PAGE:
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Dietary Supplements Send Thousands To ERs Yearly

Tens of thousands of Americans are treated in hospital emergency rooms each year for problems caused by dietary supplements, federal health officials are reporting.

The complications include heart problems such as irregular or rapid heartbeat or chest pain, says Dr. Andrew Geller of the federal Centers for Disease Control and Prevention, who led the study published Wednesday in the New England Journal of Medicine.

Two other big problems are children ingesting supplements purchased by an adult, or older people choking on pills, he says. Nearly three-fourths (71.8 percent) of the ER visits were related to the use of weight-loss or energy-boosting supplements.


The analysis, based on data collected between 2004 and 2013, is the first national estimate of complications that result from using dietary supplements, Geller says.

Using data from 63 emergency rooms, he and his colleagues calculated that 23,005 emergency room visits occur each year because of dietary supplements. Among those cases, 2,154 patients are hospitalized to receive further treatment.

The analysis did not include anyone who might have died on the way to the hospital or in the ER because those deaths are not recorded in the database used for the study.

Geller says it's hard to know which products can cause problems or why. Unlike standard over-the-counter medications or prescription drugs, the companies that make dietary supplements are not required to prove to the Food and Drug Administration that their products are safe and effective before selling them.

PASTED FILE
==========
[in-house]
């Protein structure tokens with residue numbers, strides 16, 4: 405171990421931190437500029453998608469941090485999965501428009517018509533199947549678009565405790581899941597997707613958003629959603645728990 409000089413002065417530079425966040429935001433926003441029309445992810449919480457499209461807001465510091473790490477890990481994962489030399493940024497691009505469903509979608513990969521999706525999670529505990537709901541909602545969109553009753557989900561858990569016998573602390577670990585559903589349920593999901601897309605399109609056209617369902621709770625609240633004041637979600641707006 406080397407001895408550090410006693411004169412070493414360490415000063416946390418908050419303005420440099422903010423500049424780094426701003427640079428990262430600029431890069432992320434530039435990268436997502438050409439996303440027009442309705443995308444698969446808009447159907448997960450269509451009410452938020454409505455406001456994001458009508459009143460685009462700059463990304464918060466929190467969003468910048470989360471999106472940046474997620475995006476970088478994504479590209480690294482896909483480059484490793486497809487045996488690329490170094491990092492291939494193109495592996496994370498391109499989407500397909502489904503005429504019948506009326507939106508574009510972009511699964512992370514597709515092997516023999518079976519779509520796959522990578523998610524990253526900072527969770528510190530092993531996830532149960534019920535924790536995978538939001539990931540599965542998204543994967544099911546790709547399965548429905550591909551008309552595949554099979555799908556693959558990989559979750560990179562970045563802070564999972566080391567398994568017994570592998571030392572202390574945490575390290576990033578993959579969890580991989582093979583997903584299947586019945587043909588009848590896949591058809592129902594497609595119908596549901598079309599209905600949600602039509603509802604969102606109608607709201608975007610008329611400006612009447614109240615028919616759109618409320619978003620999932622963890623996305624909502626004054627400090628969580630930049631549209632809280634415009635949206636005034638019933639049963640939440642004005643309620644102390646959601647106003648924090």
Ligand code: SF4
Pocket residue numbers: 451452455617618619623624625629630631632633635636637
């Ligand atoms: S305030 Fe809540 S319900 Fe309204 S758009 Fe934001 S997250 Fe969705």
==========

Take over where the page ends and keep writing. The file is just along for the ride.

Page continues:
"We don't have information about what's contained in these products," Geller says. "And often times multiple active ingredients are combined into a single product." In addition, similarly named products can have very different active ingredients, he says.


"For all those reasons it can be hard for consumers, clinicians and public health agencies to determine which, if any, of the specific active ingredients caused the observed effects," Geller says.

In recent years, some dietary supplements have been recalled when they are found to contain unapproved ingredients or contaminants. But Geller says "there's very little national data about how products that are not included in such recalls cause health problems."

Dietary supplements have become increasingly popular in the United States. Americans spend nearly $14 billion a year on vitamins, minerals, herbal remedies to treat a wide range of conditions, including colds, arthritis and immune system problems, and to promote weight loss.

Critics of the dietary supplement industry are welcoming the new research.

"This is the most important study that been published on supplements in the last 20 years," says Dr. Pieter Cohen, who studies supplements at Harvard Medical School.

"What this study does is find entirely flawed the underlying premise that supplements are safe," Cohen says. "In fact, supplements are now shown by this elegant CDC study to send tens of thousands of people to emergency rooms every year."

The findings, he says, show there's a need to better track problems caused by supplements so the FDA can identify and remove dangerous supplements from the market sooner.

Dietary supplement companies, however, see the study as demonstrating the relative safety of supplements.

"If you put it in context that over 150 million Americans take dietary supplements each year, we have, 'Far less than one-tenth of one percent of supplement users will visit the ER,' " says Duffy MacKay, a naturopathic doctor and the senior vice president for scientific and regulatory affairs at the Council for Responsible Nutrition, a trade group.

MacKay argues that the study overestimates the dangers by including problems caused by products that aren't supplements — such as homeopathic remedies.

He also says any problems caused by supplements could be minimized by keeping the products away from children, developing pills that won't choke older people, and educating young people about how to use the products more carefully.

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